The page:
Following up on a title such as Red Dead Redemption was never going to be an easy feat, but Rockstar Games took up the challenge in stride. Refining the shortcomings of the original and building upon the successes, Rockstar spent eight years (and eight studios) developing Red Dead Redemption 2, and the time and effort is evident from the start. The game seamlessly blends gameplay and narrative atop a gorgeous visual style and one of gaming’s best soundtracks to create an exemplary experience that will go down as one of the greatest games of the generation.
Red Dead Redemption 2 follows outlaw Arthur Morgan and the Van der Linde gang as they flee across the American wilderness and civilisation to survive. The game is set in 1899, during the period where the Wild West era is coming to an end, and the player will feel the struggle of the characters to keep up with a world that is ostracising them. Several members of the gang are returning characters from the original game—including protagonist John Marston, his wife Abigail, and son Jack, as well as Bill Williamson, Javier Escuella, and Dutch Van der Linde—as well as a plethora of new and interesting gang members. Each character is granted considerable time to develop their own personalities both in the story and while roaming the camp and, despite the game’s ensemble cast, the player feels a connection with each member of the gang.
The game’s dialogue feels heavy and realistic. Even some of the more awkward and clunky conversations feel real given the time period. The transition from gameplay to cutscene is incredibly subtle, and the performances from the cast are first class. The game also offers a cinematic camera when exploring the game world, both on foot and horseback, which, alongside the ability to customise the heads-up display, may make Red Dead Redemption 2 the most cinematic game ever made.
The game can be played from either a third or first person perspective. While the third-player view feels more natural, likely due to its similarity to the previous title, the first-person mode is an effective addition to the game and a fun experience nonetheless. As the player explores the game world, they will come across random NPCs and may choose how to respond. Should the player respond positively, the NPC will likely respect Arthur if they meet again later in the game; conversely, a negative response may trigger an aggressive reaction from NPCs, often resulting in fist- or gun-fights and affecting the player’s reputation as they continue to explore the world.
The combat itself is equally as immersive as the game’s narrative. The player will feel every punch they give—and, perhaps even more, every hit they receive—giving the combat more of an impact outside of simple button pressing. While Arthur is a strong fighter, he is certainly not invincible, and players will soon realise that diving headfirst into fights may not always be the smartest tactic for combat; approaching more stealthily or taking advantage of the cover system is often a more effective approach. Ultimately, the player may decide themselves that fighting is their forte—or, on the other hand, they may wish to remain vigilant and avoid as many fights as possible as they traverse the landscape.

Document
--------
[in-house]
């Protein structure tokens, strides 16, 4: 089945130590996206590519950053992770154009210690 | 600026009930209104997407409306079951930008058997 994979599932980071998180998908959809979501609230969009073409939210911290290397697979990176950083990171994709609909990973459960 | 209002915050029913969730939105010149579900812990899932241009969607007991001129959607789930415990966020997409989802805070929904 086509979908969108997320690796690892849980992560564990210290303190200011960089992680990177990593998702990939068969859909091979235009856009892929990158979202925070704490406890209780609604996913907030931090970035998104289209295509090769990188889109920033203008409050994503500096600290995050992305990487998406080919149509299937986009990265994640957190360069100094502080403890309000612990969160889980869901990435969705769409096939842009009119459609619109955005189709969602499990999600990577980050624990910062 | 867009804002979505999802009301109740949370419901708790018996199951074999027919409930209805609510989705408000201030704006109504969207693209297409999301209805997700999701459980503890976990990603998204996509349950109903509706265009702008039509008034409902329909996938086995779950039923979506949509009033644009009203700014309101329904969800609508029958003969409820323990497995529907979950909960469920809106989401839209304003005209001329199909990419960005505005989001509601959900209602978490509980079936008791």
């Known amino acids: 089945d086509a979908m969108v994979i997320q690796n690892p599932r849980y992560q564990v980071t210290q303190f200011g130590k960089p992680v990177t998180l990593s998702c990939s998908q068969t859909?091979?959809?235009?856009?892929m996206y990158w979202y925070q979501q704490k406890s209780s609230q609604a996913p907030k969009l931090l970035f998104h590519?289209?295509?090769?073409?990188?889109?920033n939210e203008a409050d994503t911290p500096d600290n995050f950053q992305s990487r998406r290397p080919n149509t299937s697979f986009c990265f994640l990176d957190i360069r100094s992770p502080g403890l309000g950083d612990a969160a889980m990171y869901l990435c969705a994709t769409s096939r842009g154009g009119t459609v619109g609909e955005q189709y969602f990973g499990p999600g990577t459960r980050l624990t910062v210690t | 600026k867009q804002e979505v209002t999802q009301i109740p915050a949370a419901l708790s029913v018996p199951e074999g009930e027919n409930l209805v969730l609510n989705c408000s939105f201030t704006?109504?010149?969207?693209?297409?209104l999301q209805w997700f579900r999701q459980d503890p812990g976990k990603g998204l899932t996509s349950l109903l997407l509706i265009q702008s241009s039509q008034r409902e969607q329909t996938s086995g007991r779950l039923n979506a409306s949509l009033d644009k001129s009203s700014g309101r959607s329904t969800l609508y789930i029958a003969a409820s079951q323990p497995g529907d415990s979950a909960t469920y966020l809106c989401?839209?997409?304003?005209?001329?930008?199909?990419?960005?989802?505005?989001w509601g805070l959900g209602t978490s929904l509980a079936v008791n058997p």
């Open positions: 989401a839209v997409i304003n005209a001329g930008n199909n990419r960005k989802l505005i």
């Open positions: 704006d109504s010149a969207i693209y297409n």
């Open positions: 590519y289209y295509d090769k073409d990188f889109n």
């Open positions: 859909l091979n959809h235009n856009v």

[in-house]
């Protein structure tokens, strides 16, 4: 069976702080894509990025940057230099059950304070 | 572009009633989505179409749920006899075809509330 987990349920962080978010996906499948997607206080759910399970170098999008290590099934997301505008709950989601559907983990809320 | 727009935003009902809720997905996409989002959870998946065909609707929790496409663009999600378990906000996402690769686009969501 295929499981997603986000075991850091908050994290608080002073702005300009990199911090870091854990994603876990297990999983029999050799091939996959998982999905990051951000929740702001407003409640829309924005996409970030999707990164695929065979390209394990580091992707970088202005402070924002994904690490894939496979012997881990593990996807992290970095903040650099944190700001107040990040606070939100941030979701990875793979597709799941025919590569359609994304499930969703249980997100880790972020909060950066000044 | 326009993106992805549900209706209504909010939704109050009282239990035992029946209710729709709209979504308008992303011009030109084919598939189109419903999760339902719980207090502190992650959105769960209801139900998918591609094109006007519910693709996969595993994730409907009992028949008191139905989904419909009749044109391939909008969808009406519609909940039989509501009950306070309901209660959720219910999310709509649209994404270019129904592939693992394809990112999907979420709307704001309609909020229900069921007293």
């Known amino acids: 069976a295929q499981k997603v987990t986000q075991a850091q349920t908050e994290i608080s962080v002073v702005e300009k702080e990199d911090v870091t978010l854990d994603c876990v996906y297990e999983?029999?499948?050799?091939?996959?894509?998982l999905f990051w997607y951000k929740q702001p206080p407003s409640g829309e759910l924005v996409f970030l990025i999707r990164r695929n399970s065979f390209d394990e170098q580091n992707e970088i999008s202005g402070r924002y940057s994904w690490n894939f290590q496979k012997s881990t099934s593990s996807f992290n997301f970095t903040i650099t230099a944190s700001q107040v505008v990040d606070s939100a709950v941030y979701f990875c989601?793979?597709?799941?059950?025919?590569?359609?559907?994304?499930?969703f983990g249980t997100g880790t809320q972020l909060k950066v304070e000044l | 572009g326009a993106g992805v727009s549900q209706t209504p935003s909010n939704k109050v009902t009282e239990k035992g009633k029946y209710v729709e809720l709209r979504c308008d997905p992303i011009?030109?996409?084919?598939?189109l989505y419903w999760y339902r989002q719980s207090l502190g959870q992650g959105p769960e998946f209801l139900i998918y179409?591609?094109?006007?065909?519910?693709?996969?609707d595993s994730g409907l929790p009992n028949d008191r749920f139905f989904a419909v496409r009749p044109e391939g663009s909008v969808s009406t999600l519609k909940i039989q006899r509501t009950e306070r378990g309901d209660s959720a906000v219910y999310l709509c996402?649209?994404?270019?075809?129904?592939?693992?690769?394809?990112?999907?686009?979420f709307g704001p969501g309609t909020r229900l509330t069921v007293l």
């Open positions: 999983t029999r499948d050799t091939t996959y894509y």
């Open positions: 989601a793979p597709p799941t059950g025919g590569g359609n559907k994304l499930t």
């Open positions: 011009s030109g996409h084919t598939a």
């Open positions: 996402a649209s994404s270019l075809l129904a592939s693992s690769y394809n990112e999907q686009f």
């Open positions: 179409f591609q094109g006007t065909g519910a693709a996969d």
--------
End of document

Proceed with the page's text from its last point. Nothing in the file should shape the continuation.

The game world is simply Rockstar’s finest—a high remark for the developer of such open world games as Grand Theft Auto: Vice City, San Andreas, Bully, and the original Red Dead Redemption. The map is bursting with settlements and towns begging to be explored, but players may find themselves simply immersed in the wilderness, which is anything but empty. The game’s several forests, riverbanks, and deserts are all teeming with wildlife, which the player may choose to hunt or avoid (which, in the case of bears and wolves, may be the smartest option). Red Dead Redemption 2’s open world feels more alive than any that have preceded it and will certainly be explored for longer than the 60 hours that the developer promises.
Also receiving an upgrade is the game’s visuals. Rockstar has significantly enhanced its proprietary game engine RAGE, and the game makes no secret to hide the upgrade. Visually, every aspect of the game is gorgeous. The art style is incredibly fitting to the period, from the look of the buildings to the clothing that the characters wear. Small details may be overlooked, but without them the world would not feel as alive—mud sticking to Arthur’s clothes, mist rising from the water, and glare sneaking through the trees, among countless others, are minute additions that transcend the game to a level of detail unseen prior. Even the game’s animations—performed by an ensemble cast of professional actors and performance capture artists—feel fluid and near-flawless, adding to the game’s level of immersion.
Finally, enhancing the game to truly feel like a piece of Western media is the music. Composed by Woody Jackson—the musician behind Red Dead Redemption and Grand Theft Auto V—the game’s original soundtrack will be sure to remind players of the Wild West hits of Ennio Morricone from The Good, the Bad and the Ugly and Once Upon a Time in the West. Building upon the successes of the original game’s soundtrack, Red Dead Redemption 2’s score adds a unique twist to the Western sound with modern accompaniments and adds new emotional heights to the game to truly immerse the player in the narrative.
Red Dead Redemption 2 is a masterclass of game design. With timely music, gorgeous visuals, and impactful combat complementing seamless gameplay, Red Dead Redemption 2 stands above its competition as a triumph in media. The game’s narrative, as extensive and interweaving as it may be, surpasses the original and truly immerses the player in a game world that they will not want to leave. Red Dead Redemption 2 will go down not only as one of the best games of the generation, but as one of the greatest games ever made.
Reviewed on PlayStation 4 Pro.